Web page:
Keeping the customers captive

Ten years after the first Illinois charter school opened in Peoria, demand is soaring , reports the Chicago Tribune. Some 15,000 children applied for 5,000 slots for new charter students. One Chicago school was able to accept only 11 percent of applicants.

What to do? Limit the growth of charter schools, says a state representative. CharterBlog spotlighted this quote:

The rise in applications to charter schools “is a sad commentary on our existing public schools,” said State Rep. Monique Davis (D-Chicago), who has filed legislation to stop the proliferation of charter schools.

If parents are turning away from the traditional public schools in their neighborhoods, she said, teachers and administrators should figure out why and fix the problems.

“Instead of opening charter schools, we need to go in there and see what the hell is going on in our schools,” Davis said.

While parents are waiting for district-run public schools to improve, Davis has introduced a bill to stop successful charters from opening more than one campus.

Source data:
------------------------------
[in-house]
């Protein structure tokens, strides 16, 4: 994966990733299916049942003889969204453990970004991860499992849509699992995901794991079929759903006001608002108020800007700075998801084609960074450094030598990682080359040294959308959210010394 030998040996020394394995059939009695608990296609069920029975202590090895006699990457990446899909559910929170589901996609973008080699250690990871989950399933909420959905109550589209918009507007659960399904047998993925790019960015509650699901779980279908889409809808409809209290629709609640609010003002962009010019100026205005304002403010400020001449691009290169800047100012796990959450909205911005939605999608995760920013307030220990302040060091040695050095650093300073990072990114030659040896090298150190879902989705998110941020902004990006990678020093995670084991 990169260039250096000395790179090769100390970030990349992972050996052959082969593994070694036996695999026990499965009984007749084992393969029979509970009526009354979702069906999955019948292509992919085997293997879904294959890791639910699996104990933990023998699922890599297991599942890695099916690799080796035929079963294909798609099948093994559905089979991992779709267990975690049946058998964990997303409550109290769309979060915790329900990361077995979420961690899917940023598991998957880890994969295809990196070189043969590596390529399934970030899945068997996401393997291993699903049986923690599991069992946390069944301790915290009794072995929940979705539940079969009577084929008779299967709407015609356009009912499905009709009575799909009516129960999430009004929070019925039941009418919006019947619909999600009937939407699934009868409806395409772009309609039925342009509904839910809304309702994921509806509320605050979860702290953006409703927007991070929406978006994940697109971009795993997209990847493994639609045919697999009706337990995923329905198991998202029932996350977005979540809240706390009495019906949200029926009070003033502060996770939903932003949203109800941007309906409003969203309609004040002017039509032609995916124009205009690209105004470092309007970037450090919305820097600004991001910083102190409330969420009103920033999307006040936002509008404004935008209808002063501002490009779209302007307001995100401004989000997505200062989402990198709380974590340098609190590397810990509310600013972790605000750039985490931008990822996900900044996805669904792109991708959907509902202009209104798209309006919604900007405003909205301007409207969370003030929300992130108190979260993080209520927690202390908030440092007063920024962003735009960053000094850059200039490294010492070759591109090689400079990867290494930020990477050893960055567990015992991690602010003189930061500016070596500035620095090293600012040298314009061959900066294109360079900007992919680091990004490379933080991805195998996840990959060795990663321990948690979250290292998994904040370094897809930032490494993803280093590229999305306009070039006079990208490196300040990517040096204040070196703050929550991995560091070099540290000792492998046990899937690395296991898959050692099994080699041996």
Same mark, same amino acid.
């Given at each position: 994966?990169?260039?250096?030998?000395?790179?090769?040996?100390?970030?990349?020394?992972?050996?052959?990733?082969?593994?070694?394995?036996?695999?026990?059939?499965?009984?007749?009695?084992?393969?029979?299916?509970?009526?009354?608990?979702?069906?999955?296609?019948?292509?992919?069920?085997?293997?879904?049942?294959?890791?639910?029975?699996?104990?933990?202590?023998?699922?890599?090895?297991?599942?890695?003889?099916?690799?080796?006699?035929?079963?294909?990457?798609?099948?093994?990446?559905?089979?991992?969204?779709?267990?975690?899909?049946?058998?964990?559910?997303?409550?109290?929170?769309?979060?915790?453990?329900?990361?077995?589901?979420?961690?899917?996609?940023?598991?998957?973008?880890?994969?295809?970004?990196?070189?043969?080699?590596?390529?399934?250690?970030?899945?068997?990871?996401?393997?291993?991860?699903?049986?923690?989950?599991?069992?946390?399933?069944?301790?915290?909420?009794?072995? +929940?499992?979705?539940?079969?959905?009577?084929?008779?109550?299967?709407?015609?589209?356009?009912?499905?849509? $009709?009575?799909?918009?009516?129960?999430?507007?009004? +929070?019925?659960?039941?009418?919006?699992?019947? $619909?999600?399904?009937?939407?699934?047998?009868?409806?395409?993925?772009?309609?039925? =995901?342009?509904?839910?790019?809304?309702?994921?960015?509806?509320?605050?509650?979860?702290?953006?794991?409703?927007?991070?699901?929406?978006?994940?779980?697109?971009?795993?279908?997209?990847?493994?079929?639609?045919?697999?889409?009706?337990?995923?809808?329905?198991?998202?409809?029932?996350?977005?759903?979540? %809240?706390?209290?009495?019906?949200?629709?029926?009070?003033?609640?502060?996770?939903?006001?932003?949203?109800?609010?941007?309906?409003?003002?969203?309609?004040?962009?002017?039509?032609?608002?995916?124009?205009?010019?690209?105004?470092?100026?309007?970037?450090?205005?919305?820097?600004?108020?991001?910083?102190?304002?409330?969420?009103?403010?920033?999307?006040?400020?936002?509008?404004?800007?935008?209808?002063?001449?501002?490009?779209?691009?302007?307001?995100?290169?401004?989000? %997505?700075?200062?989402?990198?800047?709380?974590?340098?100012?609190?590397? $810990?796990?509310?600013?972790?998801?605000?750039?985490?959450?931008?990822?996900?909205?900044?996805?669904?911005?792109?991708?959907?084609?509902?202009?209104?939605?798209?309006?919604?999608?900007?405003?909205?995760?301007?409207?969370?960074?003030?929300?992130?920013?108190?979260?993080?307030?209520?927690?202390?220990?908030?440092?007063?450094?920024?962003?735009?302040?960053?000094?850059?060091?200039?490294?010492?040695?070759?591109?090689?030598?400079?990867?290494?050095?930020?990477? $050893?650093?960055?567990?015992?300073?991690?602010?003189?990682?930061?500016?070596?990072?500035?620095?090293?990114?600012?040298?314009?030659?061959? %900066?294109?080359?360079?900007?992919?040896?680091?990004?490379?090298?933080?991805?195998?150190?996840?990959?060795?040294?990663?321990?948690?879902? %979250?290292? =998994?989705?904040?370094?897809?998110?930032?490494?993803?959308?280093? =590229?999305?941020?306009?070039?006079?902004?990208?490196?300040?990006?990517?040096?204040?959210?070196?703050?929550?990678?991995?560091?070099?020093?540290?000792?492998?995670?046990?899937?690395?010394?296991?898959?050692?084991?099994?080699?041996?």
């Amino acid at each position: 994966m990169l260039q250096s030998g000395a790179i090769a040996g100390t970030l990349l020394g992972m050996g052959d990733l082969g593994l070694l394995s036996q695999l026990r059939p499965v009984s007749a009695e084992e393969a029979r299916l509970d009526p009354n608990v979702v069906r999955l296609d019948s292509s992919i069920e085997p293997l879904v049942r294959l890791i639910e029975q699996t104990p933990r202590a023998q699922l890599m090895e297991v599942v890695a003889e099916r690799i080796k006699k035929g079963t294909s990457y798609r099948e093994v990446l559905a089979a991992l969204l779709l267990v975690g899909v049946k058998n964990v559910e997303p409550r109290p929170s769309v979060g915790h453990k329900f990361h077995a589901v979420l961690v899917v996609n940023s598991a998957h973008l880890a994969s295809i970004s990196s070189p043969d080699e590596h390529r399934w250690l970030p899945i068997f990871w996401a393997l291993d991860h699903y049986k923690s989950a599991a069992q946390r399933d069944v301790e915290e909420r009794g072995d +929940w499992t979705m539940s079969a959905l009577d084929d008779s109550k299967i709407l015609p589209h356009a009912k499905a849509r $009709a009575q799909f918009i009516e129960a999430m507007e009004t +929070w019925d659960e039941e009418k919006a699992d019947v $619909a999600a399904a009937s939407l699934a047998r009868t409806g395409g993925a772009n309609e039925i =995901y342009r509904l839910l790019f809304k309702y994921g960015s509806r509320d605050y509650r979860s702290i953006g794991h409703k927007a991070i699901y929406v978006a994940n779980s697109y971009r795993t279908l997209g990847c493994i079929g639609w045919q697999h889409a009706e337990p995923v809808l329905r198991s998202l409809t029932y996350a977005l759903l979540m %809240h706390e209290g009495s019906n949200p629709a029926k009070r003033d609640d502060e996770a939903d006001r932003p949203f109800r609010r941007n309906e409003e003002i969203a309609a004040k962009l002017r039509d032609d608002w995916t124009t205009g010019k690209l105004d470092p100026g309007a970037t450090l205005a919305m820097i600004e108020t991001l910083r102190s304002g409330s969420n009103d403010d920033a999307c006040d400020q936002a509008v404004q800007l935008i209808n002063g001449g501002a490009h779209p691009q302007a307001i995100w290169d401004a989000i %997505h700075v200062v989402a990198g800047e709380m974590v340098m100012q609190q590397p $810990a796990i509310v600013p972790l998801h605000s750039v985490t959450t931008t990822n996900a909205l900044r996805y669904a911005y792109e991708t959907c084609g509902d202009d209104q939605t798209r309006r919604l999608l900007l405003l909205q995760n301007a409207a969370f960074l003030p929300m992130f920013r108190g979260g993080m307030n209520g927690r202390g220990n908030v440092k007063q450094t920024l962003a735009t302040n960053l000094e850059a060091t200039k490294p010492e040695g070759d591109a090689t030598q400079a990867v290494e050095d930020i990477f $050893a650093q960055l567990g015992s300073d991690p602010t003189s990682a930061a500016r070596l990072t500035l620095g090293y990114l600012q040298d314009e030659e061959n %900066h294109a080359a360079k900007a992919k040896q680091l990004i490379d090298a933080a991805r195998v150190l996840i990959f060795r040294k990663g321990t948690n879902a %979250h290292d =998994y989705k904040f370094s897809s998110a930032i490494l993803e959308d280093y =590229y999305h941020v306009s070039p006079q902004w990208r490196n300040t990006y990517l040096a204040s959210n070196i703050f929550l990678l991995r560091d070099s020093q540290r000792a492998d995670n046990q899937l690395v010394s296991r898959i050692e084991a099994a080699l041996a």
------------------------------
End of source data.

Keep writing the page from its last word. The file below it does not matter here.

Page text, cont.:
Under state law, only 30 charters can be granted in Chicago, where demand is the highest.

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  1. M. J. Wise says:

    So, the only way to ensure public school improvement via competition is to try to hamstring the competition as much as possible? Yeah, that’s the ticket. Traditional public schools deserve no handicaps and if they cannot change, they should die.

  2. Wayne Martin says:

    Here’s an article about Charter Schools in Chicago:

  3. M.J. Wise wrote:

    Traditional public schools deserve no handicaps and if they cannot change, they should die.

    Just as long as it’s understood they won’t throw themselves on their sword.

    The proponents of the district-based public education system see it as inherently good although they’ve got a hatfull of reasons why it should stay exactly the way it is with the exceptions of substantial funding increases and substantial reductions in any meaningful measures of accountability.